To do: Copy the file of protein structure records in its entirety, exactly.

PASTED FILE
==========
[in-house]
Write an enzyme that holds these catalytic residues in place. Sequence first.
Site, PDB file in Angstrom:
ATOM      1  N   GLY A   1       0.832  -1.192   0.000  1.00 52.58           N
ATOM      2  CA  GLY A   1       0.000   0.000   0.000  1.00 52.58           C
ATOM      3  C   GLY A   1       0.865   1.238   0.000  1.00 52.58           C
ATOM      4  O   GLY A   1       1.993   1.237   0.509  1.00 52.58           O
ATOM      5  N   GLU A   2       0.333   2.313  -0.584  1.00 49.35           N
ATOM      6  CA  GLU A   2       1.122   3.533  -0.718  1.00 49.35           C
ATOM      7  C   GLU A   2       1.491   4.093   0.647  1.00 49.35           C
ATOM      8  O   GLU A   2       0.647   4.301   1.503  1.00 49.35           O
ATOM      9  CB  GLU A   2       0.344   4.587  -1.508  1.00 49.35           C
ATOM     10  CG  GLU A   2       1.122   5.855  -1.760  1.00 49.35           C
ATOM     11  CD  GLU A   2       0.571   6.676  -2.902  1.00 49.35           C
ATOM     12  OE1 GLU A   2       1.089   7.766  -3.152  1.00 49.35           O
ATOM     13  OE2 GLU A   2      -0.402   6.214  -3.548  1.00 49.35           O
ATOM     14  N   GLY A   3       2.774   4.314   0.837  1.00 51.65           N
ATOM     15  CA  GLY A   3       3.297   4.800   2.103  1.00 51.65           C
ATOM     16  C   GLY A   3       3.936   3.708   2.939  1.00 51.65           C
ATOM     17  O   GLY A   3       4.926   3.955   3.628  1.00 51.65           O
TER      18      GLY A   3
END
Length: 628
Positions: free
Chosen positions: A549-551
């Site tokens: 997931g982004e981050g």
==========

[in-house]
Write an enzyme that holds these catalytic residues in place. Sequence first.
Site, PDB file in Angstrom:
ATOM      1  N   GLY A   1       0.832  -1.192   0.000  1.00 52.58           N
ATOM      2  CA  GLY A   1       0.000   0.000   0.000  1.00 52.58           C
ATOM      3  C   GLY A   1       0.865   1.238   0.000  1.00 52.58           C
ATOM      4  O   GLY A   1       1.993   1.237   0.509  1.00 52.58           O
ATOM      5  N   GLU A   2       0.333   2.313  -0.584  1.00 49.35           N
ATOM      6  CA  GLU A   2       1.122   3.533  -0.718  1.00 49.35           C
ATOM      7  C   GLU A   2       1.491   4.093   0.647  1.00 49.35           C
ATOM      8  O   GLU A   2       0.647   4.301   1.503  1.00 49.35           O
ATOM      9  CB  GLU A   2       0.344   4.587  -1.508  1.00 49.35           C
ATOM     10  CG  GLU A   2       1.122   5.855  -1.760  1.00 49.35           C
ATOM     11  CD  GLU A   2       0.571   6.676  -2.902  1.00 49.35           C
ATOM     12  OE1 GLU A   2       1.089   7.766  -3.152  1.00 49.35           O
ATOM     13  OE2 GLU A   2      -0.402   6.214  -3.548  1.00 49.35           O
ATOM     14  N   GLY A   3       2.774   4.314   0.837  1.00 51.65           N
ATOM     15  CA  GLY A   3       3.297   4.800   2.103  1.00 51.65           C
ATOM     16  C   GLY A   3       3.936   3.708   2.939  1.00 51.65           C
ATOM     17  O   GLY A   3       4.926   3.955   3.628  1.00 51.65           O
TER      18      GLY A   3
END
Length: 628
Positions: free
Chosen positions: A549-551
């Site tokens: 997931g982004e981050g």